Pope Francis will become the first pope to visit Mongolia, when he lands at Ulaanbaatar’s Chinggis Khaan International Airport on Sept. 1 for a four-day official visit to this Asian nation, which is home to some 1,500 Catholics.
The focus of the visit will be encounters with leaders of government and civil society and meetings with local Catholics. There will be an ecumenical and interreligious gathering as well as a Mass and the inauguration of a charity center.
Mongolia is a large country landlocked between Russia and China. A former communist nation, the country maintains close cultural, political and military ties with Russia, and China is its largest economic partner.
Of the country's more than 3.3 million people, about 1,300 are Catholics. Buddhists constitute around 52 percent of the Mongolia population, followed 3 percent Muslims, 2.5 percent Shamanists and 1.3 percent Christians. And, about 40.6 people have no religious affiliation, according to the CIA Factbook.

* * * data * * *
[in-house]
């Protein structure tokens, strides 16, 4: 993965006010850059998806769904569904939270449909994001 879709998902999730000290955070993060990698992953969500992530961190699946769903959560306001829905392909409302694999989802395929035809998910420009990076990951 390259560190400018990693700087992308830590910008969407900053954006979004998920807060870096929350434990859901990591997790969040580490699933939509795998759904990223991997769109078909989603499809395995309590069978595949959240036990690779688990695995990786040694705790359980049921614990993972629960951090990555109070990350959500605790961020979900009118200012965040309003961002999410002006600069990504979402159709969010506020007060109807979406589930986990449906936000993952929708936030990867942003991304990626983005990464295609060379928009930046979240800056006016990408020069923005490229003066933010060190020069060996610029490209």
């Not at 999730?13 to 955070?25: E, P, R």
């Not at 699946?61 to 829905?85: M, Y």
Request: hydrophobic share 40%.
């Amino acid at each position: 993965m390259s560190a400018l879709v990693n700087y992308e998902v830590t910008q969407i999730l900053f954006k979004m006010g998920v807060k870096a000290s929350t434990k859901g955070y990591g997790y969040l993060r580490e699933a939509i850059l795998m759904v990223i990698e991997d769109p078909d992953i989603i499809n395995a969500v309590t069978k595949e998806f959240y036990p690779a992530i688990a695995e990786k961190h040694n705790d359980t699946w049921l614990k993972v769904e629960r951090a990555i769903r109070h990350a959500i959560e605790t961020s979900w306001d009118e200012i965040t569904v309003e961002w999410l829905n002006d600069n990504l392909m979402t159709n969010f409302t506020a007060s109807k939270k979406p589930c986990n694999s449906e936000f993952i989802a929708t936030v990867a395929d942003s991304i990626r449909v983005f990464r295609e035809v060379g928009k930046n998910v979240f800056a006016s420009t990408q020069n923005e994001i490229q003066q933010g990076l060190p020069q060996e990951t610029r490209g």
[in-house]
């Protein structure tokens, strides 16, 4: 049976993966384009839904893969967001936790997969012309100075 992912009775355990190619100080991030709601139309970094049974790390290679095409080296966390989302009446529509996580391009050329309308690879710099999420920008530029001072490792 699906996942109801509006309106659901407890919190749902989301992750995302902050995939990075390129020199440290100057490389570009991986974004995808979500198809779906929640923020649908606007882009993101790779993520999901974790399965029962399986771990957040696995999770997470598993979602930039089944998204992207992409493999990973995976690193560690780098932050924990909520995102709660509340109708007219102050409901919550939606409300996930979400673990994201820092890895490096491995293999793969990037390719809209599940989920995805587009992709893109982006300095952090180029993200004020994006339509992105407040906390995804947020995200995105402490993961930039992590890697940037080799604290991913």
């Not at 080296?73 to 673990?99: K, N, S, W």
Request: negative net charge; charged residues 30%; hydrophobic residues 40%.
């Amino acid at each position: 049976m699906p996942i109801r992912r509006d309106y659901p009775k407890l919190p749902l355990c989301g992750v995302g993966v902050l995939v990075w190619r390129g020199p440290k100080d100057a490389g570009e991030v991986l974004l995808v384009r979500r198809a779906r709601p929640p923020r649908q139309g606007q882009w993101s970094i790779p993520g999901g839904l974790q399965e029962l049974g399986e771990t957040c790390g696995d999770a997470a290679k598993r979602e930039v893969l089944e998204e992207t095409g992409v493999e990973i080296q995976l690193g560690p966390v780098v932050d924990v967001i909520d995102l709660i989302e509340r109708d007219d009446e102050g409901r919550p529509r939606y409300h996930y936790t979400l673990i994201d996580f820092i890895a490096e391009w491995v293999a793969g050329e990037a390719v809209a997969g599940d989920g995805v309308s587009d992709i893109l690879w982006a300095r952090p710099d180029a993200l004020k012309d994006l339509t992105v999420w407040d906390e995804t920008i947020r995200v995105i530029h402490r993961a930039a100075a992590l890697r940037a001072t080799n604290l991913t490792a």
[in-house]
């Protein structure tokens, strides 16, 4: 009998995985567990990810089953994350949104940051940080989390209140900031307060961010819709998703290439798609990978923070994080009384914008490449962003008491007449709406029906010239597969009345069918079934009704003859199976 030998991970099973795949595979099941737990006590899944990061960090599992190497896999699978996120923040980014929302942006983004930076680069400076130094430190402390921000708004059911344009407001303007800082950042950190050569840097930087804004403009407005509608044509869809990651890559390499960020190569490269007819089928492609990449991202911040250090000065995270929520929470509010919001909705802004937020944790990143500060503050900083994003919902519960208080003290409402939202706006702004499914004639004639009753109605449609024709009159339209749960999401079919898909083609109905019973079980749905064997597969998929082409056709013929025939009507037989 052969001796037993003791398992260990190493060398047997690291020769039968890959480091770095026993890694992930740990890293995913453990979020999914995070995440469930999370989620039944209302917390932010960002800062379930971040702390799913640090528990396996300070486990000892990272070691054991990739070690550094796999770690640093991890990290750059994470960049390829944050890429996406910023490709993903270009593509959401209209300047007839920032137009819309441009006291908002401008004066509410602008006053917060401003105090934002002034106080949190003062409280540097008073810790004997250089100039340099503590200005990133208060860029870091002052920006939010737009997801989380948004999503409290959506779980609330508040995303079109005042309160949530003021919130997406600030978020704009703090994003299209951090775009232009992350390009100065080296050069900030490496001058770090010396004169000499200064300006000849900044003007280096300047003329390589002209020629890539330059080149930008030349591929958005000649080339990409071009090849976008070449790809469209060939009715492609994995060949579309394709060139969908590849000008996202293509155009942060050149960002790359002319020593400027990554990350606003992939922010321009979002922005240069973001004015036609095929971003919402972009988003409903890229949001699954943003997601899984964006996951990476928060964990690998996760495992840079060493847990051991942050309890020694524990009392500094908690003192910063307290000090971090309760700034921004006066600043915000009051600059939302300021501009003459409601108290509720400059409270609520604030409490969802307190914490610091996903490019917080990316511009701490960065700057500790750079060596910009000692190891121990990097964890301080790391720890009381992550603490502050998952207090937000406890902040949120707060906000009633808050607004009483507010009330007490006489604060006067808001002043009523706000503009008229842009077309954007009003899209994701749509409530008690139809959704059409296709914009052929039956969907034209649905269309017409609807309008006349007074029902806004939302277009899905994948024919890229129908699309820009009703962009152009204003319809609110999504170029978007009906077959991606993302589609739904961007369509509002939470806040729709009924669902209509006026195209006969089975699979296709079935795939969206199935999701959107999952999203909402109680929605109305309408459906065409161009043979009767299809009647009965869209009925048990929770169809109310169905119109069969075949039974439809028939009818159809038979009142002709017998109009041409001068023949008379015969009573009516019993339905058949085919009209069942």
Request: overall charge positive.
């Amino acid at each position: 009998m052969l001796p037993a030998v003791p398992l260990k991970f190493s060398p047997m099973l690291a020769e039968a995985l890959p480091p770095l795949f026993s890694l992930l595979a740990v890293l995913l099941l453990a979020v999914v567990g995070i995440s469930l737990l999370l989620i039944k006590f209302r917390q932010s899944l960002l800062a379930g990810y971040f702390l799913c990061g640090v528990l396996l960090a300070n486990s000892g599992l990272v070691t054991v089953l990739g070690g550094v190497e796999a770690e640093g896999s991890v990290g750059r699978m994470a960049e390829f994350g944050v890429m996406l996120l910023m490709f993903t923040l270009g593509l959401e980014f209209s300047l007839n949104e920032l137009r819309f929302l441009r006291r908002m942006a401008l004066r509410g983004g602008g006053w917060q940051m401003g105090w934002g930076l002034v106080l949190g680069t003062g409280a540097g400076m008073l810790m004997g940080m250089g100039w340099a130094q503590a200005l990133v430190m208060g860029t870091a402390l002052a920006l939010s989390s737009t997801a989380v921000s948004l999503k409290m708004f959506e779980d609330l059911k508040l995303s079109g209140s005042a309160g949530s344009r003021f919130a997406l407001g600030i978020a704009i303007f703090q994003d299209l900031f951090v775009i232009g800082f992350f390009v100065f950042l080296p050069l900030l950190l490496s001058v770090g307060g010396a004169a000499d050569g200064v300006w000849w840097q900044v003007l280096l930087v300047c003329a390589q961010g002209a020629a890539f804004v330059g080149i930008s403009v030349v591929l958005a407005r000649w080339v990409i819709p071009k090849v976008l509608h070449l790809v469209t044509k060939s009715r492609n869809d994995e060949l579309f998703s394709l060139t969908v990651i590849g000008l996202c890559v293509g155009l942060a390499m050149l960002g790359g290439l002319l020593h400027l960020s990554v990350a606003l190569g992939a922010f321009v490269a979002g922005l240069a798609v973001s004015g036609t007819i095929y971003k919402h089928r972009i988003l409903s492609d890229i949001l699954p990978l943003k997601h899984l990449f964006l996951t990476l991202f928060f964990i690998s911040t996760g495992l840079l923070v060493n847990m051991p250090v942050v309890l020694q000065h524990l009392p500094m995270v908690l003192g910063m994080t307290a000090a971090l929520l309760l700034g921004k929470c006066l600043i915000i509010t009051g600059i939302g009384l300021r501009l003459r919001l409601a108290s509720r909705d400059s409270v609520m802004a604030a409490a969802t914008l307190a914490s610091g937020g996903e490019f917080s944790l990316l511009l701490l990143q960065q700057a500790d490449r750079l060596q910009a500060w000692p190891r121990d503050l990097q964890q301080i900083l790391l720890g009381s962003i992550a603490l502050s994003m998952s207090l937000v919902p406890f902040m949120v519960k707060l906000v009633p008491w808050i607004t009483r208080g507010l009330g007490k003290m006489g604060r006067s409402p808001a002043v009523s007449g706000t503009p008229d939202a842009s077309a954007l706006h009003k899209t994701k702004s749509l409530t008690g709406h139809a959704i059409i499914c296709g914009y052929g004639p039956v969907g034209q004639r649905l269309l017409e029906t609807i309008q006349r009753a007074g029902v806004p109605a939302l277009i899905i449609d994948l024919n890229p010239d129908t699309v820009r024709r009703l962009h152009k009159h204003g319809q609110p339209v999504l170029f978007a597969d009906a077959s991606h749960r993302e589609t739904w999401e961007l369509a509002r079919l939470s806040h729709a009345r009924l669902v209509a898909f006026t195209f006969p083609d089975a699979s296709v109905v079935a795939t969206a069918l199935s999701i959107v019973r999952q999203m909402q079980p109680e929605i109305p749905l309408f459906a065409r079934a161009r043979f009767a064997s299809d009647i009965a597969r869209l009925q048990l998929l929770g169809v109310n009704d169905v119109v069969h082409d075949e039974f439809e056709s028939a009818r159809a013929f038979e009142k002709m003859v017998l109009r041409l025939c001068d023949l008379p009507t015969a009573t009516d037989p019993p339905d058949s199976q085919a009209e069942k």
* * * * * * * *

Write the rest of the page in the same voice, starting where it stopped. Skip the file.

The tiny Church has just 29 Catholic priests but only two are Mongolians. The country has 40 women religious, three men religious and three lay missionaries. Together, 75 missionaries from 27 different nationalities and 10 different congregations serve the country, according to Cecilia Zolo, the communication officer of the Ulaanbaatar diocese.
The Ulaanbaatar diocese, based in the national capital, covers the entire country and currently has nine churches, six of them in the capital itself and three in the countryside. The parishes celebrate Masses in Mongolian, English and in Korean, particularly for a Korean community-based in Saint Mary’s parish.
English-speaking Mass goers come to three parishes, including the Saints Peter and Paul Cathedral, and they are mostly employees of international organizations and Filipinos, Zolo said.
The pope's trip, therefore, will be strategic to the Vatican, which has strained relations with neighboring China -- primarily due to apparent violations of an agreement between China and the Vatican which outlines procedures for the appointment of bishops -- and which has been seeking ways to halt the war linked to Russia's invasion of Ukraine.
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